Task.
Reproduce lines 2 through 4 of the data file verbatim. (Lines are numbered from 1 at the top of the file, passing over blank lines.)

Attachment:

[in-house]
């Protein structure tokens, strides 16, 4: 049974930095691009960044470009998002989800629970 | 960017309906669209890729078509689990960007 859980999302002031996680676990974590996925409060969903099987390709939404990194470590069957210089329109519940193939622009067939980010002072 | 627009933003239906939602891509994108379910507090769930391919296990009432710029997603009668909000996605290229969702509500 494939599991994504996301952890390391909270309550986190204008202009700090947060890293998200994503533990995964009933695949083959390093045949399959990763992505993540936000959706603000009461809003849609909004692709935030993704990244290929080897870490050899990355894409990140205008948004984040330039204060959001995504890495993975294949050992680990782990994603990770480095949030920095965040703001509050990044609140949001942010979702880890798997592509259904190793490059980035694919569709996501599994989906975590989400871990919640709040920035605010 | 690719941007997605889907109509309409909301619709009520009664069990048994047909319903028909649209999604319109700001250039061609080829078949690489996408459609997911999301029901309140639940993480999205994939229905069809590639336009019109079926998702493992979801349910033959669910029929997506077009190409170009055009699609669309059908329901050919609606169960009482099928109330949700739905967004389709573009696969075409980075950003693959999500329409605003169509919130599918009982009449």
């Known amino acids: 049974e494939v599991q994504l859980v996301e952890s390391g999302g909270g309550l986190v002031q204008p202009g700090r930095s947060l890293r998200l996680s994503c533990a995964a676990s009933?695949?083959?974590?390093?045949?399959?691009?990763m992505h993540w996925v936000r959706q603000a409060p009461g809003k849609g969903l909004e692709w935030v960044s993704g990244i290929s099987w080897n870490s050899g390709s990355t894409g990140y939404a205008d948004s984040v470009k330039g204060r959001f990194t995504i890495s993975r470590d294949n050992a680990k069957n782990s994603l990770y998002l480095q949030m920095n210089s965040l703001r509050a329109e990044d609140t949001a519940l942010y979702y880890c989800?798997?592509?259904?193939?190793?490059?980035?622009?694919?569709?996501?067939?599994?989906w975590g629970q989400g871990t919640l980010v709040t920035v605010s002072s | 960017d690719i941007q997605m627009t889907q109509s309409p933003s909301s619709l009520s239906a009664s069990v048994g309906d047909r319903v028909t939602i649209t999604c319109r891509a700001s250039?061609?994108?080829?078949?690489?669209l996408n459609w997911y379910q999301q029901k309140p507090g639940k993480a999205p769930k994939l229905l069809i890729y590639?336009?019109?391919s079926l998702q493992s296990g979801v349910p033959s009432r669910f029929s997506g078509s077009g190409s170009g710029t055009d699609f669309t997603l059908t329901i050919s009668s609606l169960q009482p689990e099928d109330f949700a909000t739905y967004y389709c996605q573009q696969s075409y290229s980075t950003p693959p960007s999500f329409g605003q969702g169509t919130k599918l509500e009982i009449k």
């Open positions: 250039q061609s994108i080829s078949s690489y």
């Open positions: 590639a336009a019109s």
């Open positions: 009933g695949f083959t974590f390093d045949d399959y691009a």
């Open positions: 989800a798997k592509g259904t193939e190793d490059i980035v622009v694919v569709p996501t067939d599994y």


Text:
């Protein structure tokens, strides 16, 4: 049974930095691009960044470009998002989800629970 | 960017309906669209890729078509689990960007 859980999302002031996680676990974590996925409060969903099987390709939404990194470590069957210089329109519940193939622009067939980010002072 | 627009933003239906939602891509994108379910507090769930391919296990009432710029997603009668909000996605290229969702509500 494939599991994504996301952890390391909270309550986190204008202009700090947060890293998200994503533990995964009933695949083959390093045949399959990763992505993540936000959706603000009461809003849609909004692709935030993704990244290929080897870490050899990355894409990140205008948004984040330039204060959001995504890495993975294949050992680990782990994603990770480095949030920095965040703001509050990044609140949001942010979702880890798997592509259904190793490059980035694919569709996501599994989906975590989400871990919640709040920035605010 | 690719941007997605889907109509309409909301619709009520009664069990048994047909319903028909649209999604319109700001250039061609080829078949690489996408459609997911999301029901309140639940993480999205994939229905069809590639336009019109079926998702493992979801349910033959669910029929997506077009190409170009055009699609669309059908329901050919609606169960009482099928109330949700739905967004389709573009696969075409980075950003693959999500329409605003169509919130599918009982009449």
């Known amino acids: 049974e494939v599991q994504l859980v996301e952890s390391g999302g909270g309550l986190v002031q204008p202009g700090r930095s947060l890293r998200l996680s994503c533990a995964a676990s009933?695949?083959?974590?390093?045949?399959?691009?990763m992505h993540w996925v936000r959706q603000a409060p009461g809003k849609g969903l909004e692709w935030v960044s993704g990244i290929s099987w080897n870490s050899g390709s990355t894409g990140y939404a205008d948004s984040v470009k330039g204060r959001f990194t995504i890495s993975r470590d294949n050992a680990k069957n782990s994603l990770y998002l480095q949030m920095n210089s965040l703001r509050a329109e990044d609140t949001a519940l942010y979702y880890c989800?798997?592509?259904?193939?190793?490059?980035?622009?694919?569709?996501?067939?599994?989906w975590g629970q989400g871990t919640l980010v709040t920035v605010s002072s | 960017d690719i941007q997605m627009t889907q109509s309409p933003s909301s619709l009520s239906a009664s069990v048994g309906d047909r319903v028909t939602i649209t999604c319109r891509a700001s250039?061609?994108?080829?078949?690489?669209l996408n459609w997911y379910q999301q029901k309140p507090g639940k993480a999205p769930k994939l229905l069809i890729y590639?336009?019109?391919s079926l998702q493992s296990g979801v349910p033959s009432r669910f029929s997506g078509s077009g190409s170009g710029t055009d699609f669309t997603l059908t329901i050919s009668s609606l169960q009482p689990e099928d109330f949700a909000t739905y967004y389709c996605q573009q696969s075409y290229s980075t950003p693959p960007s999500f329409g605003q969702g169509t919130k599918l509500e009982i009449k």
């Open positions: 250039q061609s994108i080829s078949s690489y």